There is always a lot to see in Concord any time of year and it is often hard to know which to do first. But right now as the fall colors swirl around us here are three gems you don’t want to miss this month:
1. The Robbins House
The Robbins House is one of the only known historic sites commemorating the legacy of a previously enslaved Revolutionary War veteran. This historic early 19th-century house was originally inhabited by the first generation of descendants of a formerly enslaved African American Revolutionary War veteran, Caesar Robbins. Today, the Robbins house embodies the determination of Caesar Robbins and his family to support themselves on the land and to shape their own destinies as free men and women—and serves to inspire conversations about race and social justice issues. The house aims to stimulate dialogue about race and help foster a spirit of reconciliation and healing. This crucial site to understanding Concord’s history is located in a grove of trees in the North Bridge lower parking area and can be visited any day. Interpreters are available for guided tours of the interior of the home every FRI through SUN from 10-4 during the month of October.
2. Walden Pond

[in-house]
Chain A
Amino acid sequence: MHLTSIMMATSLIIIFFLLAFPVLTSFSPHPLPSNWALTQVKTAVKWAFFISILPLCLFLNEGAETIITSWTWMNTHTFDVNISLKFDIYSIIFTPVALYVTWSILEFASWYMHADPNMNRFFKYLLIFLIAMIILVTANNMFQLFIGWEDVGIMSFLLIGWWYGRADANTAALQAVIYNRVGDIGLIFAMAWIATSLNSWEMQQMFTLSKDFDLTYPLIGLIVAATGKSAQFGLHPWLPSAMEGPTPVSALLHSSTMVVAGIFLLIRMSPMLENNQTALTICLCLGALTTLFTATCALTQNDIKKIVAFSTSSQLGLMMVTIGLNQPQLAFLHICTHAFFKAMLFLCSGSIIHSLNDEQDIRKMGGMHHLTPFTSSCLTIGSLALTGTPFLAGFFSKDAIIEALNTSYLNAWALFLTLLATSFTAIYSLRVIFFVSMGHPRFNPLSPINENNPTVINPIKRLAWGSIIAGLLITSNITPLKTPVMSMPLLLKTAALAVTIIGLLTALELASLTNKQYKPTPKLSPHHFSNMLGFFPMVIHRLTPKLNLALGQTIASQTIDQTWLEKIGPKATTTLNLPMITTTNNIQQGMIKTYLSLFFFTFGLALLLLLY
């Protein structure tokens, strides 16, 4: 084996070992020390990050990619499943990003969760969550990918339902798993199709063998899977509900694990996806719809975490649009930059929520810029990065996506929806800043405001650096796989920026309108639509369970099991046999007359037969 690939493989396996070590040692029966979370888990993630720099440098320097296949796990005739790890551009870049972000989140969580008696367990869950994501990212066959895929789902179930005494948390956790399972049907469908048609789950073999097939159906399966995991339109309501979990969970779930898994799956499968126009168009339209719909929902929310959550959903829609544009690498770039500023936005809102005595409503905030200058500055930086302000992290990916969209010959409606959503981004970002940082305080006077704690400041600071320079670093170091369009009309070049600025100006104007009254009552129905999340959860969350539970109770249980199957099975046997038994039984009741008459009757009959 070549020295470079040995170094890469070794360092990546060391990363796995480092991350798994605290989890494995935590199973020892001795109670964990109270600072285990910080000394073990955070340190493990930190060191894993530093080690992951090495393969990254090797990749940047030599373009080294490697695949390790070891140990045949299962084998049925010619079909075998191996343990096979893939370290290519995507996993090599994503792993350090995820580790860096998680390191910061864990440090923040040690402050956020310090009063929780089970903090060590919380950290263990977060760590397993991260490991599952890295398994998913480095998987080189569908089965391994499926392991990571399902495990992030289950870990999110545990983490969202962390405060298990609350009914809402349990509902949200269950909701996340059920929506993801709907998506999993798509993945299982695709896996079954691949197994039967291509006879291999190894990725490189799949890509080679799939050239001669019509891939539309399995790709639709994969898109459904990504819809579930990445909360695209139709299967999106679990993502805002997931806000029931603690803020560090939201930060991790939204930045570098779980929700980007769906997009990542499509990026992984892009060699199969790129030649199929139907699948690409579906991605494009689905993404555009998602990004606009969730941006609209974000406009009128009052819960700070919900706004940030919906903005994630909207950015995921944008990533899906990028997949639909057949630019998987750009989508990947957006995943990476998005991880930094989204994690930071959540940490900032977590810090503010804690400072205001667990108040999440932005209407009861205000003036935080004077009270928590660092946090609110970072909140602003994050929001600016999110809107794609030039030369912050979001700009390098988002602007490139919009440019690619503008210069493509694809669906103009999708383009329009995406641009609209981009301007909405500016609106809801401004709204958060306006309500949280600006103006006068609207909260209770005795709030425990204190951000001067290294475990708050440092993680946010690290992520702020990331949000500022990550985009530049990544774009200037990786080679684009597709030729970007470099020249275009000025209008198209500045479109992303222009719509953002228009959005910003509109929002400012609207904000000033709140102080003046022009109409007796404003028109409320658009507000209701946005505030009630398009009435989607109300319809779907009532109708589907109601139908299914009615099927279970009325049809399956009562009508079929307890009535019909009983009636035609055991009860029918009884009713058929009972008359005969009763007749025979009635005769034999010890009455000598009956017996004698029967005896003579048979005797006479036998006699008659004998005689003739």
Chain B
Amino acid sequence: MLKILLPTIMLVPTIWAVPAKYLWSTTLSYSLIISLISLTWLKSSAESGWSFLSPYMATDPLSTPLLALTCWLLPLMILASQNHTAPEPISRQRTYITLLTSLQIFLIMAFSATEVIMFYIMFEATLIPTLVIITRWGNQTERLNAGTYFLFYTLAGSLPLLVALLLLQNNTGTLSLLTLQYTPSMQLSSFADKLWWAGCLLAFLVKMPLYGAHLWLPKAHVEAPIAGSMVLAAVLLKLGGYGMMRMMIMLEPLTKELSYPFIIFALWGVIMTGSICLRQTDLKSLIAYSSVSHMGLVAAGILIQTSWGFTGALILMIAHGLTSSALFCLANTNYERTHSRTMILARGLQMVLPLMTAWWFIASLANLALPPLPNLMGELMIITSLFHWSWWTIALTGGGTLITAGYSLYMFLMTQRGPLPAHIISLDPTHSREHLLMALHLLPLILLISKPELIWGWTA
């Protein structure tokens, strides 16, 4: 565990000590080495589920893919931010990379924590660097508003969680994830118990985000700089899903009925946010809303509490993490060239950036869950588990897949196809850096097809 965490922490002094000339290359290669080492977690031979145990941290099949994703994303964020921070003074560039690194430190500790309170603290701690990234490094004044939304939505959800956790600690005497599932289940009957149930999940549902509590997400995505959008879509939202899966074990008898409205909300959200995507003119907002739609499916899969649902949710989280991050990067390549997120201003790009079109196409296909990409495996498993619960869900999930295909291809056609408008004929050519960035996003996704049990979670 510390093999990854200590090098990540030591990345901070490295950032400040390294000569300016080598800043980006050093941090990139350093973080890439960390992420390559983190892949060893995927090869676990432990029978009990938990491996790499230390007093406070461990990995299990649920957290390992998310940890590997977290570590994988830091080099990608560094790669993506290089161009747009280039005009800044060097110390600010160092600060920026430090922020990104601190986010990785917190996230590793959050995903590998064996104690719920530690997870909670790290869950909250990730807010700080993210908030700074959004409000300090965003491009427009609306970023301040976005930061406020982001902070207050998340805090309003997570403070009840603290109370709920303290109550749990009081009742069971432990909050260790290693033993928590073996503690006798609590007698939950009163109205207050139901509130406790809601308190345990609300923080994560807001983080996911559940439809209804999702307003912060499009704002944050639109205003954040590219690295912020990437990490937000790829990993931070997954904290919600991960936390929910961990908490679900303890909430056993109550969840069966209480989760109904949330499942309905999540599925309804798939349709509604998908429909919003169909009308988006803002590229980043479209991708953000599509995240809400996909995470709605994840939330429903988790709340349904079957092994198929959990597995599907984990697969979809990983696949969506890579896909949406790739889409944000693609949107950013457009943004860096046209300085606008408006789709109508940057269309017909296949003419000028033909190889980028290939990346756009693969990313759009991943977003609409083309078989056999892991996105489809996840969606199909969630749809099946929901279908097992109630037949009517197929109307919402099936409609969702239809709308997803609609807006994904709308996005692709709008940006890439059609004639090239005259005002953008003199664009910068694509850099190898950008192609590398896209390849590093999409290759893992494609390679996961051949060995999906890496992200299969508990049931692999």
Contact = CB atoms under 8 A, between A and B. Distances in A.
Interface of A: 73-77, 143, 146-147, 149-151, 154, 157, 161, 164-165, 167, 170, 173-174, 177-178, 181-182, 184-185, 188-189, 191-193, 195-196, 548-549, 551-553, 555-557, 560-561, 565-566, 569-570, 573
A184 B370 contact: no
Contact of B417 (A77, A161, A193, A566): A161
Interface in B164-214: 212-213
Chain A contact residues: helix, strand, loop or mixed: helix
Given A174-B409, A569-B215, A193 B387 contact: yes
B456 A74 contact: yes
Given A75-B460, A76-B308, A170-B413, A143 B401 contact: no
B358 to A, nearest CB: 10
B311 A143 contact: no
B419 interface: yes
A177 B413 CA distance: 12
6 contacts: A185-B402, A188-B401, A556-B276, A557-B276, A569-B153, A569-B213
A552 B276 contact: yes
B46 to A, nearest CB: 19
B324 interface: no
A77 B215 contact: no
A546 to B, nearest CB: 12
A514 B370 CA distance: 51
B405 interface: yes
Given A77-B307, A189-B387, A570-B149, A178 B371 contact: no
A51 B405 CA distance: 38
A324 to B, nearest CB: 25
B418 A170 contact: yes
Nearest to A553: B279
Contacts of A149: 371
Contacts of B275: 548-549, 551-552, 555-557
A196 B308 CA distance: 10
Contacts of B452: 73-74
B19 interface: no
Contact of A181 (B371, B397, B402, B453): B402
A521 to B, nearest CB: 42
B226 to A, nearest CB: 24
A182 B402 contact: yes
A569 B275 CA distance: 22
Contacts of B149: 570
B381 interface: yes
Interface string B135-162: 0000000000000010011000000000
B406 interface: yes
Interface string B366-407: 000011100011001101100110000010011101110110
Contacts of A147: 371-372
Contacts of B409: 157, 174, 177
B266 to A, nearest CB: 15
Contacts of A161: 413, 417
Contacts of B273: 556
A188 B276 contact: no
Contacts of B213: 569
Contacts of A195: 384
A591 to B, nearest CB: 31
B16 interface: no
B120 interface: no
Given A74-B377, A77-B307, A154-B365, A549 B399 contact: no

Walden Pond was once home to the renowned author, Henry David Thoreau, and is particularly stunning at this time of year. Walden Pond State Reservation includes 462 acres of protected open space that allows you to experience the pond that inspired Thoreau. A replica of Thoreau’s house and the location of his modest home are available for viewing by the public. Year-round interpretive programs and guided walks are offered as well as a gift shop, bookstore, and gallery. Additionally, there are several easy trails that allow you to stroll along the lake and in the trees to take some time for quiet contemplation of the natural world surrounding you. you. https://www.mass.gov/locations/walden-pond-state-reservation
3. Sleepy Hollow
Sleepy Hollow is one of the earliest and best examples of a “rural” or “garden” cemetery. The rural cemetery movement was inspired by romantic ideas about death and the new attitudes regarding the healing powers of nature and art. Sleepy Hollow Cemetery is on the National Registry of Historic Places and containers over 10,000 gravesites, Composed of 119 acres, it is laid out in several phases and is a quick beautiful walk from the center of town on any autumn day. Along the woodland path in the hollow, you will find the gravesite of Alcott, Thoreau, Hawthorne, and Emerson in an area known as Author’s Ridge.
Take it from a local, don’t miss these spots this month!
Let us know about your visit and send us a pic to:
Joe Palumbo, born and raised in Concord on a farm along Battle Road works as an interpreter and tour guide here in town. He is focused on sharing both the well know and the lesser-known local narratives as we work to broaden the story of our town.